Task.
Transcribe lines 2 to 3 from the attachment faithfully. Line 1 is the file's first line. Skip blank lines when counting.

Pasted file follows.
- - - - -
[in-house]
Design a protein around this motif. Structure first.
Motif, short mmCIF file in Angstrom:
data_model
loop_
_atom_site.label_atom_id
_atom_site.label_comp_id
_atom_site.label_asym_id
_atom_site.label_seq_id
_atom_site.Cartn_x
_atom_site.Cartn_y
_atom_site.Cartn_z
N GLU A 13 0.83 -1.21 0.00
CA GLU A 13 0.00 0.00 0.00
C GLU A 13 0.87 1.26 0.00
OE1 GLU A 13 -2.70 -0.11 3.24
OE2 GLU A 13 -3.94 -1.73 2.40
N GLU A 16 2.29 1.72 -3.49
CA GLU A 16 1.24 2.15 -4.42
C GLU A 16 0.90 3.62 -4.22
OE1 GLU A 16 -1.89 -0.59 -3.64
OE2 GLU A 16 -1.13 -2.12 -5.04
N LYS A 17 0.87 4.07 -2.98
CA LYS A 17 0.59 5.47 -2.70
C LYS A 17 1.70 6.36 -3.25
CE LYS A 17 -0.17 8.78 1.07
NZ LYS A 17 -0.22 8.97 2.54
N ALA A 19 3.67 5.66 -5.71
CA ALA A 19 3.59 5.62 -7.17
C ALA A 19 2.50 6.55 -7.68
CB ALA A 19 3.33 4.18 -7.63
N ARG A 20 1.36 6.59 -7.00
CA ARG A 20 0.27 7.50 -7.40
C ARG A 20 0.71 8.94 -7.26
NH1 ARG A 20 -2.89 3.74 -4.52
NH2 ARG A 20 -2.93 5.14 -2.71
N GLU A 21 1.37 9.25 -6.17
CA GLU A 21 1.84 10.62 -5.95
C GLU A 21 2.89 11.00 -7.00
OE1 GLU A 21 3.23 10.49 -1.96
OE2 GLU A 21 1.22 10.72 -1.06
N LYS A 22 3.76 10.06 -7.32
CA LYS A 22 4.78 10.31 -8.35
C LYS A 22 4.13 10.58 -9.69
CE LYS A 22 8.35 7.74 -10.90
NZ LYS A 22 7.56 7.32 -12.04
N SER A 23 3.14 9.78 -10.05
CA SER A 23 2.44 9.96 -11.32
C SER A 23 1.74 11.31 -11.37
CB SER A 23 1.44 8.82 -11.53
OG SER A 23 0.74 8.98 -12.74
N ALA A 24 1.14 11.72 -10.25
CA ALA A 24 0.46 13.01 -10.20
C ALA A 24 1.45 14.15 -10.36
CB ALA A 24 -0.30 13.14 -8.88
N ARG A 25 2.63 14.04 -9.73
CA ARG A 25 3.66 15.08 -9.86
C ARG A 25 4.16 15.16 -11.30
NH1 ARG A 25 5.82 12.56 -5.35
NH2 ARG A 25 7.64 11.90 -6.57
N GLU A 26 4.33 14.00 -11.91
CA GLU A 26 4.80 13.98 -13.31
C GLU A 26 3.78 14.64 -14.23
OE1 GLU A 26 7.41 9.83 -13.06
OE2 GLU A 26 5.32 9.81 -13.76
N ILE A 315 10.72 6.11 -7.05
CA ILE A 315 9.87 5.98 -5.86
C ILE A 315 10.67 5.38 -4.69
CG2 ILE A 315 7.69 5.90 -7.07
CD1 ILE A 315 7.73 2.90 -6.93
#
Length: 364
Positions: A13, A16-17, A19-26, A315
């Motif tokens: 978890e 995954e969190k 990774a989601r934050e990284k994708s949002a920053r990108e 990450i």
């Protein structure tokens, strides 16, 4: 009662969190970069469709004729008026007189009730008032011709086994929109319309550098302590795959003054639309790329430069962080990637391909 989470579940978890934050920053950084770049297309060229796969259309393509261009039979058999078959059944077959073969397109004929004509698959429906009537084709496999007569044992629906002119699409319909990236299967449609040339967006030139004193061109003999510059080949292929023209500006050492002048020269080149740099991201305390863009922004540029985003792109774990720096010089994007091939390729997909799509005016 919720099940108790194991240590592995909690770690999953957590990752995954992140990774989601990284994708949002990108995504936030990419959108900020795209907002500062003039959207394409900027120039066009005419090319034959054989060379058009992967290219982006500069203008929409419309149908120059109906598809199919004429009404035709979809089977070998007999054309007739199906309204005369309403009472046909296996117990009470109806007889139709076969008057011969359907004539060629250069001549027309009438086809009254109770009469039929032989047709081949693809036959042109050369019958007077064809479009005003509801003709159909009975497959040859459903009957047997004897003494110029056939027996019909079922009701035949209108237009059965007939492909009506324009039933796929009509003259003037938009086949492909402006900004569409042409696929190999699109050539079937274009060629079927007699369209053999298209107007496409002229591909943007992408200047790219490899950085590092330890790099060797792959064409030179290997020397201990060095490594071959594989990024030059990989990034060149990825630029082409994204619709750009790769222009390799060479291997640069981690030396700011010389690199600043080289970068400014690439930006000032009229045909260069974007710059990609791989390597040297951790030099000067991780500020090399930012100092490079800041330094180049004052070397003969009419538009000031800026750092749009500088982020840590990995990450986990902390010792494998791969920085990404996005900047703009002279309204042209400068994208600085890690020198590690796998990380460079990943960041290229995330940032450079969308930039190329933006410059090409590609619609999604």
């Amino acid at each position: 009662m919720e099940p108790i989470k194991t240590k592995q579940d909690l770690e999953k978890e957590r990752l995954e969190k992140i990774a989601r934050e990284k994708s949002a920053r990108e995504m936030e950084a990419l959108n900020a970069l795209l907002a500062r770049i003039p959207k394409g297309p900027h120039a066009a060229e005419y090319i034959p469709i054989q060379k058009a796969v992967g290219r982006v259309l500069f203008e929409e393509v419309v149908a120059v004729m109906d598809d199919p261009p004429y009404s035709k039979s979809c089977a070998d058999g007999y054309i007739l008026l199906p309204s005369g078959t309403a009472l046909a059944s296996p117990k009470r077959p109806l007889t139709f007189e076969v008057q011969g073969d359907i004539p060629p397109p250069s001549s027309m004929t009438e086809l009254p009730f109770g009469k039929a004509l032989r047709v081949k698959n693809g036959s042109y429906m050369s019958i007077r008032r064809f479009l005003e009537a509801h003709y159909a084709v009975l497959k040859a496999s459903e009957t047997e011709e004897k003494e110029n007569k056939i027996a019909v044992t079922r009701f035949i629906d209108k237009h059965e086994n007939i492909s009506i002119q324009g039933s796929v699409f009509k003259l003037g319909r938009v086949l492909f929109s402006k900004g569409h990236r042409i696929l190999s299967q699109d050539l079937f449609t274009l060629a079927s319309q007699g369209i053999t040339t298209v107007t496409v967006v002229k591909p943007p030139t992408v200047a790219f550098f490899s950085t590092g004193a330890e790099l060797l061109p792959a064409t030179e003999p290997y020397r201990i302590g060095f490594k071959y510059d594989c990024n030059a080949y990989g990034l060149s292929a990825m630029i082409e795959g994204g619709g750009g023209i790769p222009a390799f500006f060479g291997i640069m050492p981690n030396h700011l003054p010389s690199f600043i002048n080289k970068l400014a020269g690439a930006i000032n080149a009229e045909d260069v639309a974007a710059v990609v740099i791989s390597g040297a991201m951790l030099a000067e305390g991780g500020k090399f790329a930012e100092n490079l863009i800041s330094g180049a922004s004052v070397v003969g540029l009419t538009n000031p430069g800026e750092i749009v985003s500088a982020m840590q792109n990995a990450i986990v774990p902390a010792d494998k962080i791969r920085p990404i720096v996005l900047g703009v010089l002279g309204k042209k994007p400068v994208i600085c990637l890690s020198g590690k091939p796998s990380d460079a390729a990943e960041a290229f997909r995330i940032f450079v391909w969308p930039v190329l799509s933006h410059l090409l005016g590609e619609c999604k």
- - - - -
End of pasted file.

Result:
Design a protein around this motif. Structure first.
Motif, short mmCIF file in Angstrom: